Alas, Otto is off the screen for most of the picture, so we are usually in the company of the naive Karen and the hot-tempered Christopher. Christopher doesn't enjoy spending every day ordering girls to take their clothes off in front of the camera. This is what he does for a living, and it is detracting from his peace of mind. He always tells his actresses (one of them is an instantly recognizable Jennifer Salt) that he's only making these type of movies because he "needs the money to divorce my wife"; he then has the actresses repeat this line before undressing. In some of the film's first scenes, we watch as the actresses struggle to expose their bodies to the camera, as Christopher impatiently eggs them on to hurry it up already. De Palma would later recycle these scenes for Greetings and Hi, Mom!, both in which Robert De Niro played the radical pornographer Jon subtlety trying to get unsuspecting women to undress for his camera. But at least Jon was a potentially nice dude; in Murder a la Mod, Christopher is sexually frustrated, hard to cooperate with, and abusive to his actresses and even towards Karen- who reveals to Tracy at one point that she and Christopher haven't even slept together yet, since he would prefer that work come first. Says Tracy: "He sounds like a combination between Gregory Peck and Albert Schweitzer".
But that's quite enough of the plot. I wouldn't dream of spoiling the film's surprises; and how Tracy ends up in conversation with a queer little old bank clerk (John Quinn) who has her handcuffed to a briefcase, I will leave for you to find out. Let's just say that between 3:32 PM and 3:42 PM, something atrocious happens to one of the characters, and De Palma then proceeds to show us the event not from one perspective, but four perspectives. This plot device is familiar to anyone who remembers Kurosawa's Rashomon (1950), but De Palma famously makes it his own in this film; he later recycled this device most famously in Snake Eyes (1998) and Femme Fatale (2002). One by one, we see different variations on the incident involving the rolling box, and later there is a battle of fists in the cemetery that, for some reason, reminded me of the axe duel in the dummy warehouse in Kubrick's Killer's Kiss (1955). Midway through the film, there is also a frenzied moment when De Palma's cameraman, Jack Harrell, races to keep up with a character who is rushing up the stairs, onto the roof, and then back down the stairs again- all in one take. We can't help, either, but take pleasure in watching Jared Martin, Margo Norton, Andra Akers and Ken Burrows as they helplessly try to turn Chris, Karen, Tracy and Max Wiley into believable characters without giving overly hammy performances.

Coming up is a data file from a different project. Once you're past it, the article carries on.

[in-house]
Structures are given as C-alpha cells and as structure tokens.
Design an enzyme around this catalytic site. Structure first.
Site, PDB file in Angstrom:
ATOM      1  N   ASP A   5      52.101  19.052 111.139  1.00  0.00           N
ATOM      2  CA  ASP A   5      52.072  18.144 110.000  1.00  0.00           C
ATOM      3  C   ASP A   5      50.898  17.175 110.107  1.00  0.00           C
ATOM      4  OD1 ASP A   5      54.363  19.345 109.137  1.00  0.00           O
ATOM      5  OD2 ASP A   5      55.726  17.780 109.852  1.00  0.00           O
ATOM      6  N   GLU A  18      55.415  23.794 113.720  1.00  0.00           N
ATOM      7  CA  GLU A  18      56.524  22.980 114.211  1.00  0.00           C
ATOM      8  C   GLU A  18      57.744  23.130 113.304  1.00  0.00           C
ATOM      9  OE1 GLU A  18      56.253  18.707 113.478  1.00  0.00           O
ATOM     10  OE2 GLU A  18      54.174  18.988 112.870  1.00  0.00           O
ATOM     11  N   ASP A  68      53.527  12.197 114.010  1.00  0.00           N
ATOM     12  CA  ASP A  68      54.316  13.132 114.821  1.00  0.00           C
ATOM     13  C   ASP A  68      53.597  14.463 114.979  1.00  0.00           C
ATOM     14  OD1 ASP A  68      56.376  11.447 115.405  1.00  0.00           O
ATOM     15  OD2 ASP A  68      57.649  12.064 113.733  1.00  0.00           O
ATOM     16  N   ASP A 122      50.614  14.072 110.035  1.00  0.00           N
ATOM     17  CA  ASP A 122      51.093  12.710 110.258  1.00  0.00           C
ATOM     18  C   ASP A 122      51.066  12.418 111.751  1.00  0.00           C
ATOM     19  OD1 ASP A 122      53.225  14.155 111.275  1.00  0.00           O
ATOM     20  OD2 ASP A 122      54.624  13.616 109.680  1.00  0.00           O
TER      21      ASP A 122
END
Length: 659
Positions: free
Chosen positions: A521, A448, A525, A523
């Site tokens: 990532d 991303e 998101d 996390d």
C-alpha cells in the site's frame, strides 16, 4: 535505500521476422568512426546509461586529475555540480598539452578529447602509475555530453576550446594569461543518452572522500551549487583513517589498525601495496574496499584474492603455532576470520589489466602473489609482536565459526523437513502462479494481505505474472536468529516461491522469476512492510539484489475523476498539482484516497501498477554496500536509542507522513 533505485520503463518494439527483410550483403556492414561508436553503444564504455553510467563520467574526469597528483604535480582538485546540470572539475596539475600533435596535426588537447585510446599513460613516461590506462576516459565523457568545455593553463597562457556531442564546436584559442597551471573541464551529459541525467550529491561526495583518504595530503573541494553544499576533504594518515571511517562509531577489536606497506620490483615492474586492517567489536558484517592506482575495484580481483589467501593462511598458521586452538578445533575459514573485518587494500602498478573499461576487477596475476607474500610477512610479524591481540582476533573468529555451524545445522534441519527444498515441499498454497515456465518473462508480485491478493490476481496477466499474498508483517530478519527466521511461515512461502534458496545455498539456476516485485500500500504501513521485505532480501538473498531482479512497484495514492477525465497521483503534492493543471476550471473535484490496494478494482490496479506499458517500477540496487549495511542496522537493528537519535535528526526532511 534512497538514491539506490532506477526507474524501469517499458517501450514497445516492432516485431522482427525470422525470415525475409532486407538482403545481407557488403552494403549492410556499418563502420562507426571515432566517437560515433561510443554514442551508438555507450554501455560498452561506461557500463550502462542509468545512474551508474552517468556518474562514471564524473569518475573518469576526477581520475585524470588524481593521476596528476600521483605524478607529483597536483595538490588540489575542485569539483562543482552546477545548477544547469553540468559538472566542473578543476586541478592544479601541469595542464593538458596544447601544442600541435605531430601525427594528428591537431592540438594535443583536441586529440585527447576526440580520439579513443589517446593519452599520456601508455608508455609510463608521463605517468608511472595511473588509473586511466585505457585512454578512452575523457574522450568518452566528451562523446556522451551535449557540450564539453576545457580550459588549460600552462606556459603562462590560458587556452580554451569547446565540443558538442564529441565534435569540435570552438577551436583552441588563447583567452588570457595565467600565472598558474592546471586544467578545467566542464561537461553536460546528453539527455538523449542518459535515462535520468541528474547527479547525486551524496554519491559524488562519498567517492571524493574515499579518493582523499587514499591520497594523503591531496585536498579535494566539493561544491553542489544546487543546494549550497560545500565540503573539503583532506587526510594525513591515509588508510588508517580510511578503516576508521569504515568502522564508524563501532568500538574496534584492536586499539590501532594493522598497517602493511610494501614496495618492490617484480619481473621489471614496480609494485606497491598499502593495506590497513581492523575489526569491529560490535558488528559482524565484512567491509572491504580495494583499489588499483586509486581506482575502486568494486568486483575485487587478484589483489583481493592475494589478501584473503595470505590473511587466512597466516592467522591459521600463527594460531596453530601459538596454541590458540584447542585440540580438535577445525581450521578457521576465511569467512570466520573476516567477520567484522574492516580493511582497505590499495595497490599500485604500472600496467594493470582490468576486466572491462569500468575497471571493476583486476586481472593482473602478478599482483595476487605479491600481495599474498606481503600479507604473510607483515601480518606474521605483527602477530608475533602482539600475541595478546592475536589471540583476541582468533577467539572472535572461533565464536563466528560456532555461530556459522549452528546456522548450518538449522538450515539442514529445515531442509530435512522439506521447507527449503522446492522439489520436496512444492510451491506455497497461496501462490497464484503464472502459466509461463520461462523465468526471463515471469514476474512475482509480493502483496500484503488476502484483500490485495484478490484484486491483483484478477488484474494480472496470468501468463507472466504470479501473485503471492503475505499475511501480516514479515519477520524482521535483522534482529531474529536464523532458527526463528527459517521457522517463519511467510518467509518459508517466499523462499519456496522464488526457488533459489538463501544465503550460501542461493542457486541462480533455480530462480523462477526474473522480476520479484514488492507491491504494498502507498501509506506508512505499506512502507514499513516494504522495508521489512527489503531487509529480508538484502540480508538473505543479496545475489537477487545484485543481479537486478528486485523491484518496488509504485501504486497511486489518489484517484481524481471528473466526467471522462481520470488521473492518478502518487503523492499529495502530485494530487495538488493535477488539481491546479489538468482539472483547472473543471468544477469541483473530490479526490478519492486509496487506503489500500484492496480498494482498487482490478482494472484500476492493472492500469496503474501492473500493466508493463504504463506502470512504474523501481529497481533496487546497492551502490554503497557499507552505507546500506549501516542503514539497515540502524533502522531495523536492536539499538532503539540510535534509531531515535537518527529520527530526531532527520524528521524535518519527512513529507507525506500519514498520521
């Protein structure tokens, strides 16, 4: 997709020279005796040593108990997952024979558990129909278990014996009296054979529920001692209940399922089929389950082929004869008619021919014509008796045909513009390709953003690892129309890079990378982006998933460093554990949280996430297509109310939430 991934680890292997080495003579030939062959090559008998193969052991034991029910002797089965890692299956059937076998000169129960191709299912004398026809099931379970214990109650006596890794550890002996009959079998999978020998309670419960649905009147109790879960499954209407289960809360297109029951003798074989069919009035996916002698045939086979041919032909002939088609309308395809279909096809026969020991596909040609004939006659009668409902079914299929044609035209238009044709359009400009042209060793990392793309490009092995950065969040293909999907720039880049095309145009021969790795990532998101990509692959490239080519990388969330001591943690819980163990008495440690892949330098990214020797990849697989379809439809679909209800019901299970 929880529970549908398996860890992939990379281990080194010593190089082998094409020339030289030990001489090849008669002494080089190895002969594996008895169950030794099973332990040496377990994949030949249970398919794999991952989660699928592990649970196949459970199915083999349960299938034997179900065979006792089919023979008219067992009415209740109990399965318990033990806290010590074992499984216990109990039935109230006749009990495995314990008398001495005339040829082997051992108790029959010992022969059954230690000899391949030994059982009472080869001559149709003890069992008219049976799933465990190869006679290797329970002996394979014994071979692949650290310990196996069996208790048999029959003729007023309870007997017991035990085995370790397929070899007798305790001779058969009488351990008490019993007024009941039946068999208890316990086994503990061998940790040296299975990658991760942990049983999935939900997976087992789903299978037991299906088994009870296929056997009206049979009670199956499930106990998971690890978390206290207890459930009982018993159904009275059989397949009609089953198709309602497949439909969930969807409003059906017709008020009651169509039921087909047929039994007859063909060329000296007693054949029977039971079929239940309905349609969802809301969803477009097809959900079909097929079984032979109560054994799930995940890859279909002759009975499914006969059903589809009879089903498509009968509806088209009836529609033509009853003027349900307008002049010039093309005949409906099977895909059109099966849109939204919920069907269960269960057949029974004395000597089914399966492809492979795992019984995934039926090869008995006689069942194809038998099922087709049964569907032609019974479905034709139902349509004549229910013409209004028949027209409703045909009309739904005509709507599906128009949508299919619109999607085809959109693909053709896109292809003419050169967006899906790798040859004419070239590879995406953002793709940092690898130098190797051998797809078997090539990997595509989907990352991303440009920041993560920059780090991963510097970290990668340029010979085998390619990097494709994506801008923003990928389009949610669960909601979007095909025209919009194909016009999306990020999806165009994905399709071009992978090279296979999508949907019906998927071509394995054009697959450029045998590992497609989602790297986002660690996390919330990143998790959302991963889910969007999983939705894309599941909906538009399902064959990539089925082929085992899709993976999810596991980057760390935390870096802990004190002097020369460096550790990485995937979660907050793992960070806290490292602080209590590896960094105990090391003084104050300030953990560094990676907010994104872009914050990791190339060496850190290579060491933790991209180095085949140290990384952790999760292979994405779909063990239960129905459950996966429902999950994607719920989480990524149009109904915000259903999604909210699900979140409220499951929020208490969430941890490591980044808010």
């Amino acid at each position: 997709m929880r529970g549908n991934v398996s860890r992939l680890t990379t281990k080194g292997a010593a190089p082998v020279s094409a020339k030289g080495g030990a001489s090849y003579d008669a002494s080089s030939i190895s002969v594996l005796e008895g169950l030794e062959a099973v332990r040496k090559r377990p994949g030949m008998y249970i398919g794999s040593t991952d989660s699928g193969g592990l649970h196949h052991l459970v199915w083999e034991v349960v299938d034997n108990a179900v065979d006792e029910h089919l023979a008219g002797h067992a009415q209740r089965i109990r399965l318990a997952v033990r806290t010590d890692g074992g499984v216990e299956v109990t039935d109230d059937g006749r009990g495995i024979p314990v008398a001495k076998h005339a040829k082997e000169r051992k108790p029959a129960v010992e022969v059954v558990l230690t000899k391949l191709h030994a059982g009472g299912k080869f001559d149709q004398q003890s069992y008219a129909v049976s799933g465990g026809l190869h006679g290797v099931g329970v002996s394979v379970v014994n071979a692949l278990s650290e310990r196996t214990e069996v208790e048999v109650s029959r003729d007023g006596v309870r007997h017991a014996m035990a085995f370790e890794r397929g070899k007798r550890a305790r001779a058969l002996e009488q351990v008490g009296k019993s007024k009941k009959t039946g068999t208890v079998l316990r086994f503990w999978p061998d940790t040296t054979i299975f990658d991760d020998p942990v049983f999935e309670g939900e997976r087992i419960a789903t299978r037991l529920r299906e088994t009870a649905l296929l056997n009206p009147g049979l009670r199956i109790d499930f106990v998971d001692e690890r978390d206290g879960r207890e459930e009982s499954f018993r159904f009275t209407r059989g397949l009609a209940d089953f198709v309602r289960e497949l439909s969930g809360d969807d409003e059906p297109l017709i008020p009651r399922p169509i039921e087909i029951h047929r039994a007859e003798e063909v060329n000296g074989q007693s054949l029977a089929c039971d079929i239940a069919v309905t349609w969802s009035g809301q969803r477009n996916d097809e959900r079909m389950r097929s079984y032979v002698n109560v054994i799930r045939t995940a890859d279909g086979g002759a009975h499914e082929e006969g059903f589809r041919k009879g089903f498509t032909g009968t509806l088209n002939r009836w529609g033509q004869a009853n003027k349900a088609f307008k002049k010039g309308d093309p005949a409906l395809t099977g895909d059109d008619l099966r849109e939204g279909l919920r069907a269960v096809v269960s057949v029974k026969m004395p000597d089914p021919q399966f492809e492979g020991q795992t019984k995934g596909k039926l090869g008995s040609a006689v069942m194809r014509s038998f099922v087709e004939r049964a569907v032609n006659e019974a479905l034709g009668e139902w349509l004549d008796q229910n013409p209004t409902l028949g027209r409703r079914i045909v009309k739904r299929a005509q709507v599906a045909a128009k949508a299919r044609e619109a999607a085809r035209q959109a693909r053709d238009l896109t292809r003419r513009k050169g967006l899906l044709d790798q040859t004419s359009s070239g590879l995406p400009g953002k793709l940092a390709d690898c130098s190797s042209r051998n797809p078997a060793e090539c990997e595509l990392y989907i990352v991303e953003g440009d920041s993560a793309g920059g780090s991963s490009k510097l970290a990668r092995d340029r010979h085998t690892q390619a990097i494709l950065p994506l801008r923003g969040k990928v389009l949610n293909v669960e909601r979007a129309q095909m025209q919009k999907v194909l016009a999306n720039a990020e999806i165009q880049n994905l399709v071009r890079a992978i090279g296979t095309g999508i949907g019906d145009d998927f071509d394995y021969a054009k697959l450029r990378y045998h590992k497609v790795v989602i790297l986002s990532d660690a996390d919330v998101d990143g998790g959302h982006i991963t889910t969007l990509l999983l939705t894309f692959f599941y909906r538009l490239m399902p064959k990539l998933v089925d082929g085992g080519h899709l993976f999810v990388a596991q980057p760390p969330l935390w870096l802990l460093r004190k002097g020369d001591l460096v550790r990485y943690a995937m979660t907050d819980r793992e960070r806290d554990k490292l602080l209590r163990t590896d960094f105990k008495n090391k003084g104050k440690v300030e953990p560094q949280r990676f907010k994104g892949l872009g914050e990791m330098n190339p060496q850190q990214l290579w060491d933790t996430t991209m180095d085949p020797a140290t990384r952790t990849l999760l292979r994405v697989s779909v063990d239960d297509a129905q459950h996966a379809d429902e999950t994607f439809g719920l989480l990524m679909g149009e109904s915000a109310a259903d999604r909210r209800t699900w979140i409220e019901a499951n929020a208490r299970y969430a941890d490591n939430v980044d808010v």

And at the heart of it all we have the daffy, diabolical trickster Otto, played by none other than the Olivier of De Palma cinema: the great William Finley. It was thought for a long time that Finley owned the sole copy of Murder a la Mod right up until the year 2006, when the film was bought and redistributed onto DVD by- who else?- the cult classics home entertainment company Something Weird Video. The new DVD transfer is not entirely satisfying, as it lacks subtitles (it is difficult to hear what characters are saying in a few spots) and a Widescreen ratio, so therefore we end up getting only a fullscreen transfer and- I suspect- not the whole picture. Not that it's the end of the world; Murder a la Mod should be seen regardless of its current state. "It's everywhere! Why can't you see?" sings Finley in the film's title song. He's singing about the nature of the murder, of course, but I would like to think that he's also singing about the influence on De Palma's subsequent career by what resulted from Murder a la Mod. Everything that De Palma was, and is, came from this film. What's more, none of the characters exit the film without first being subjected to one of De Palma's cruel cosmic jokes. Even Otto makes a horrifying discovery of his own.